Kefir health benefit, probiotic content
March 22 2017 by
Ray Sahelian, M.D.

 

Kefir is a fermented milk beverage. It is an ancient drink from the Caucasus Mountains that looks like liquid yogurt. Traditional kefir is tart - even sour - and contains a bit of carbonation and some alcohol from the fermentation. However, much of the kefir sold commercially in the United States is neither carbonated nor alcoholic. I personally enjoy drinking kefir, especially the ones that have raspberry or strawberry. The problem with it is that it is so tasty, one can easily keep drinking a glass several times a day which can pack a lot of calories.

 

How is Kefir made?
Kefir is made by adding a live culture - called kefir "grains" - from a previous batch of kefir to room-temperature milk (usually from a cow, goat or sheep. The cultures are a combination of bacteria and yeasts, usually lactobacillus acidophilus and Saccharomyces kefir.
   The milk fermentation is achieved by the of kefir grains, a cluster of microorganisms held together by a polysaccharide matrix named kefiran. Kefir grains are an example of symbiosis between yeast and bacteria. They have been used over years to produce kefir, a fermented beverage that is consumed all over the world, although its origin is Caucasian. A vast variety of different species of organisms forming the kefir grains, comprising yeast and bacteria, have been isolated and identified. Kefir is a probiotic food. Probiotics have shown to be beneficial to health, being presently of great interest to the food industry. Kefir has been accredited with antibacterial, antifungal and antitumoural activities among other beneficial attributes.

Benefit of Kefir

kefir is a probiotic, which means it contains "friendly" bacteria. Kefir also contains calcium and protein. The viable lactic acid bacteria in fermented milk products, such as yoghurt and kefir, have been associated with increased lactose tolerance, a well-balanced intestinal microflora, antimicrobial activity, stimulation of the immune system and antitumoural, anticholesterolaemic and antioxidative properties in human subjects. A small amount of kefir a day or a few times a week is fine, but I don't think ingesting a great deal of milk products on a daily basis is very healthy.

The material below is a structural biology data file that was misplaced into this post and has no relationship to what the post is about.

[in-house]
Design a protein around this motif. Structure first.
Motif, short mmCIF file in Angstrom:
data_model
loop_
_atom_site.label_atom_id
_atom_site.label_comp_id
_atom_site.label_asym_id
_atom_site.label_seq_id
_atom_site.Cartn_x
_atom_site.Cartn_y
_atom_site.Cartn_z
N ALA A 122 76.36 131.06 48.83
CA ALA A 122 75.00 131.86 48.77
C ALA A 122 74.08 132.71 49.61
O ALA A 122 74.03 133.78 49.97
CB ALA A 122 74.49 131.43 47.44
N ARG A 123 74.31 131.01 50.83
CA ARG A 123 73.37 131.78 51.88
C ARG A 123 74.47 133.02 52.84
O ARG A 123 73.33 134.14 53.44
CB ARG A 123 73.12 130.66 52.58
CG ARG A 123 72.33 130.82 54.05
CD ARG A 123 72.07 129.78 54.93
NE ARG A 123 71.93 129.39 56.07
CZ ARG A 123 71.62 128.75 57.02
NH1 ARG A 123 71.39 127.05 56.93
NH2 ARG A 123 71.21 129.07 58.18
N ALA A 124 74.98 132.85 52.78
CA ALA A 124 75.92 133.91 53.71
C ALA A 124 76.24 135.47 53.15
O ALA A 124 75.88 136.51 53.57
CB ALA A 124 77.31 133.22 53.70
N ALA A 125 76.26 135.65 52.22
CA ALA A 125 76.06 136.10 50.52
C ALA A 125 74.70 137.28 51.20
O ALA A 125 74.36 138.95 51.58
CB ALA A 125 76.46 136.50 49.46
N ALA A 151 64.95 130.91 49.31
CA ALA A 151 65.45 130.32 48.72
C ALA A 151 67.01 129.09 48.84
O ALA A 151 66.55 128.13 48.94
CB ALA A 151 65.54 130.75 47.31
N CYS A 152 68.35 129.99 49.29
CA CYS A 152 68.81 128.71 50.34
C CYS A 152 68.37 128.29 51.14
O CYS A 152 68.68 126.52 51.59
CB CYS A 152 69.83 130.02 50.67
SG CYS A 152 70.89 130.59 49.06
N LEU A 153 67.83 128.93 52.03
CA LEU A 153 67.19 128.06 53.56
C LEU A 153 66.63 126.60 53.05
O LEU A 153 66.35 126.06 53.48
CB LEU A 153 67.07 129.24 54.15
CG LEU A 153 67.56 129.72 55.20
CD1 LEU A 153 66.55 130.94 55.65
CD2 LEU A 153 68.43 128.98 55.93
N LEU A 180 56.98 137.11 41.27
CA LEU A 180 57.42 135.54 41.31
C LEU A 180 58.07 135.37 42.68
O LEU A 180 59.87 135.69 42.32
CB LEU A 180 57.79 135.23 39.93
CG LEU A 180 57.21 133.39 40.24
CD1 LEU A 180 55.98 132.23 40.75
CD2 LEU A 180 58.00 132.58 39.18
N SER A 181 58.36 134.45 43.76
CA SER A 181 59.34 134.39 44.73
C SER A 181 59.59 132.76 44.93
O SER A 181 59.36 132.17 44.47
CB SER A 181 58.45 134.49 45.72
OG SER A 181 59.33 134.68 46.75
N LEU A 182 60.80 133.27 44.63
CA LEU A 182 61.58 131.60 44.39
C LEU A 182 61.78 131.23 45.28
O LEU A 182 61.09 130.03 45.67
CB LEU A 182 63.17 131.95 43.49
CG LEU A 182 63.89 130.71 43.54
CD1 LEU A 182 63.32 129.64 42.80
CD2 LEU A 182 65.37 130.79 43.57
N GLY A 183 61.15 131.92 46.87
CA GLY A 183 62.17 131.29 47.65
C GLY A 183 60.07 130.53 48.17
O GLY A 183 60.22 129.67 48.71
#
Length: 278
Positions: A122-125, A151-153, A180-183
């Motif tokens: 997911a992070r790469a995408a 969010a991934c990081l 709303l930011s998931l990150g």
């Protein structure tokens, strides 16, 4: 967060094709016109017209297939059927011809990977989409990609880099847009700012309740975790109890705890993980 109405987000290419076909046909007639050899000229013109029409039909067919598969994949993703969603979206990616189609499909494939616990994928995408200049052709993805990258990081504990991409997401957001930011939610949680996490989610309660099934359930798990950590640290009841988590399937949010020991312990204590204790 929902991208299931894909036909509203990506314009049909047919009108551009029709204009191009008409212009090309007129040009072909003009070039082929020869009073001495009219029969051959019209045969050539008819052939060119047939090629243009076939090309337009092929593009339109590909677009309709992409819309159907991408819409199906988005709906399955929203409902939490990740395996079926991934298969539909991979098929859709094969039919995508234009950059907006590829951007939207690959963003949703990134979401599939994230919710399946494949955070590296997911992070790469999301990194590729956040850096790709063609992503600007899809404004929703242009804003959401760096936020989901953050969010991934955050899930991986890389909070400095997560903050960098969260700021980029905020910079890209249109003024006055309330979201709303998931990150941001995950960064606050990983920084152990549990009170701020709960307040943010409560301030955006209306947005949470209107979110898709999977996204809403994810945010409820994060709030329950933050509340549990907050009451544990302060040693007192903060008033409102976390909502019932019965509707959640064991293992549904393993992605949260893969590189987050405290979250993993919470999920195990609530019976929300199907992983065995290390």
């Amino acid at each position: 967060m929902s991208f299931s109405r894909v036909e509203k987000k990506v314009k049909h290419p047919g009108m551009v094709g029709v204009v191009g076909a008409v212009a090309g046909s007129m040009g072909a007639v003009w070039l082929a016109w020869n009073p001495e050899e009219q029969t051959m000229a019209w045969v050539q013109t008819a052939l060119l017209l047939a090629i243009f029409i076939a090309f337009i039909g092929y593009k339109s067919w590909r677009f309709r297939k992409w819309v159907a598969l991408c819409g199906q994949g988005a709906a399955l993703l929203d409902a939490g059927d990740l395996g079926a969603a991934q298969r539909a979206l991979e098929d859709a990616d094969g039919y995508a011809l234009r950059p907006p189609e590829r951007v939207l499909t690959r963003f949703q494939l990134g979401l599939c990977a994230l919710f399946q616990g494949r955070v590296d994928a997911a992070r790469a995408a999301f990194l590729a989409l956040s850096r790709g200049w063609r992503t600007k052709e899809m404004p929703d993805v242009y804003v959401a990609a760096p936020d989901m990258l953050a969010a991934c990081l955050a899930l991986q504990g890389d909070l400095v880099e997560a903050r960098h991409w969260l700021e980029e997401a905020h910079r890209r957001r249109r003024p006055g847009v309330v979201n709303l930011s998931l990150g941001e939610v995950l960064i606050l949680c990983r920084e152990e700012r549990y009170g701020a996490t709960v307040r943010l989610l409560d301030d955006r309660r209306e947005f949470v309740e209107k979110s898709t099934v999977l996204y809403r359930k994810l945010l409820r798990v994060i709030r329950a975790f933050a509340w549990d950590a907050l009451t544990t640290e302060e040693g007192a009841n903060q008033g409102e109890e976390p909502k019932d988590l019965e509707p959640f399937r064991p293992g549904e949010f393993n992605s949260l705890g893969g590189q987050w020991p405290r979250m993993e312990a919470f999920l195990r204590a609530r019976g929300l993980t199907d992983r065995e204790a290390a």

Cancer prevention?
Arch Iran Medicine. 2015. Kefir and Cancer: A Systematic Review of Literatures. Some studies have suggested chemopreventive effects of kefir, a fermented milk product, on carcinogenesis. The aim of this review study was to evaluate the scientific evidence for effects of kefir on cancer prevention and treatment. We systematically searched for all relevant studies published before June 2015, using PubMed, Google scholar, Cochrane and Science Direct, SID, MedLib and Srlst databases. Relevant studies were reviewed based on systematic review (PRISMA) guidelines. From a total of 2208 papers obtained at the initial database search, 11 publications including 7in vitro and 4 experimental studies were eligible. In vitro studies on breast, colon, skin and gastric cancers and leukemia cell lines and experimental studies on different sarcomas consistently showed beneficial effects of kefir on cancer prevention and treatment. The results of this systematic review suggest that kefir may be associated with cancer prevention and it also has beneficial effects in cancer treatment. This protection may be associated with kefir bioactive components including peptides, polysaccharides and sphingolipids.

 

Int J Oncology. 2014. Apoptotic effect of a novel kefir product, PFT, on multidrug-resistant myeloid leukemia cells via a hole-piercing mechanism. We examined the apoptotic effect of a novel Probiotics Fermentation Technology (PFT) kefir grain product; PFT is a natural mixture composed primarily of Lactobacillus kefiri P-IF, a specific strain of L. kefiri with unique growth characteristics. Results suggest that PFT may act as a potential therapy for the treatment of MDR leukemia.